114 of 120 people found the following review helpful
This review is from: Misquoting Jesus: The Story Behind Who Changed the Bible and Why (Plus) (Paperback)
Ehrman's "The Orthodox Corruption of Scripture" covers similar ground but seems addressed primarily to scholars. This popular presentation is not only considerably more readable for the lay reader but has a superb, open introduction by Ehrman in which he details his path from a born-again believer to the mature scholar he is today, who appreciates the Bible but sees it as the work of human beings who may "... have to figure out how to live and what to believe on our own, without setting the Bible up as a false idol ..." Strong words indeed and a challenge to those who have not yet read this book or, having read it, remain unable to accept even the factual aspects of Ehrman's presentation.
Ehrman explains textual criticism for lay people with examples. He exposes the problem that the present versions of the Bible have: besides having been copied over centuries and translated, they are derived from multiple differing versions, such that even scholars don't know in places what the original words of the Bible were.
Ehrman, since his youth, has had a deep and authentic interest in how the Bible came down to us. You may disagree with him in part or even whole as to his speculations but he's made a gifted and sincere effort to share with you what he has learned. He's no salesman. If you read it with an open mind, you may never regard the Bible in the same way again.
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Showing 1-10 of 10 posts in this discussion
Initial post: 1 Nov 2008 06:26:32 GMT
In reply to an earlier post on 1 Nov 2008 17:11:29 GMT
Last edited by the author on 24 Dec 2008 20:42:03 GMT
> Even its author admits that no theological issue is endangered by the manuscripts variations.
Hmm, here's what the Editorial Review from Booklist Amazon.com (the U.S. counterpart) provides on the Product Page for this book says:
"Though himself schooled in evangelical literalism, Ehrman has come to regard his earlier faith in the inerrant inspiration of the Bible as misguided, given that the original texts have disappeared and that the extant texts available do not agree with one another. Most of the textual discrepancies, Ehrman acknowledges, matter little, but some do profoundly affect religious doctrine."
If there is any question left in "Misquoting Jesus" about the impact on the changes the copyists made, refer also to his earlier "The Orthodox Corruption of Scripture". It was examining these variations, while studying the Bible as a scholar, that Ehrman says was a significant reason he stopped being a Christian. "No theological issue endangered"? Just the small issue of leading Ehrman to apostasy.
In reply to an earlier post on 1 Nov 2008 23:23:06 GMT
[Deleted by the author on 1 Nov 2008 23:23:24 GMT]
In reply to an earlier post on 28 May 2009 04:24:13 BDT
In reply to an earlier post on 6 Jul 2009 11:08:09 BDT
Last edited by the author on 6 Jul 2009 11:27:44 BDT
Philo Joe says:
Where did you get this statistic 99.8% perfect in your initial statement please?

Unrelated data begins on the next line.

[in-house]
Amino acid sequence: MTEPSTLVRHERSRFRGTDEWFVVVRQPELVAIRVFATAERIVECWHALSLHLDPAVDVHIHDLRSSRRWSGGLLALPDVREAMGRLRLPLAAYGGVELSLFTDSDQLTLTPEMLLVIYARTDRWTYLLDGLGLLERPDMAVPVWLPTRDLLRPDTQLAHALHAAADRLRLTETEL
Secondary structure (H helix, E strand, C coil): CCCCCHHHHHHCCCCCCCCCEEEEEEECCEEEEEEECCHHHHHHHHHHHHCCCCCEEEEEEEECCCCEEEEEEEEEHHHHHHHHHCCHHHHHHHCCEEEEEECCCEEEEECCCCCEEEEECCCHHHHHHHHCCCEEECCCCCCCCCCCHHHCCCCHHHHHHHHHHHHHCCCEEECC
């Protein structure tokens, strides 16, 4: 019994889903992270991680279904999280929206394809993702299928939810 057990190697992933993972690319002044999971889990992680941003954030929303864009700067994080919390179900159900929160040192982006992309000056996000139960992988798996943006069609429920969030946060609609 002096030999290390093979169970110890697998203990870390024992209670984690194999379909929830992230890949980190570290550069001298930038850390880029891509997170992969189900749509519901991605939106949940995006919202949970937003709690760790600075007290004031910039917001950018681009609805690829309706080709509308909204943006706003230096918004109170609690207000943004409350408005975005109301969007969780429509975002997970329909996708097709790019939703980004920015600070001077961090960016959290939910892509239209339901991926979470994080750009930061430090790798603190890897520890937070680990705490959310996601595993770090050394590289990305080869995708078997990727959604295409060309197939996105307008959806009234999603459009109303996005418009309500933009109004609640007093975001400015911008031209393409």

Also "perfect" in what sense?
In you last statement the idea of "percentage genuineness" is misguided. The addition, removal or changing of one word in a long passage can change its whole meaning.
In reply to an earlier post on 25 Aug 2009 22:31:47 BDT
beyond the wall says:
the basis of the christian bible, and christianity, lies in its claimed historicity, ie that it isn't just fabricated and incarnated myth, as with say Greek/Egyptian/Mesopotamian mythology .. and that it is the divinely inspired word of God.. to say ignore the errors implies God doesn't know what he's saying and that God makes mistakes, which is what human beings do ... and you call this 'thinking reasonably'? .. try reading 'Jesus Mysteries', 'The Christ Conspiracy', etc, and YOU think about it
In reply to an earlier post on 12 Mar 2010 09:11:24 GMT
J Grainger says:
It's interesting that 99% doesn't notice the contradiction in his review and the book when he talks about 'factual aspects' and 'speculations'. If the aspects are factual and add to the debate, as usual it all comes down to speculation.
In reply to an earlier post on 3 Jul 2010 22:19:21 BDT
J. E. J. Lloyd says:
Uola writes " - what about the 90% that is genuine ?". We could ask "What 90% ?" - We must be allowed to examine any so called Truth that is presented to us. We have developed brains (minds) that exercise a talent called 'logic'. If we wish, we could call that logic a gift from god. but that does not release us from the responsibility of exercising and even improving our mental abilities. Everything is open to improvement, nothing but nothing is fixed. Not even our perception of past events..
In reply to an earlier post on 4 Aug 2015 21:10:25 BDT
"The great majority of scholars agree that NT Manuscripts are about 99.8% perfect which means all or any debate against the truthfullness of the NT is stupidity and waste of time."
Well, I've read some nonsense in my time but that takes the biscuit.
In reply to an earlier post on 3 Feb 2016 13:14:32 GMT
Last edited by the author on 3 Feb 2016 13:15:46 GMT
Barrie Davis says:
How is apostasy a theological issue? Losing one's faith in a blinding flash of reality means theology becomes irrelevant.... totally. Theology is, after all, the study of the mind of God as it relates to man. If there is no God, there is no mind, and no relating can go on.... (God, as always, is unavailable for comment... which is only to be expected.)
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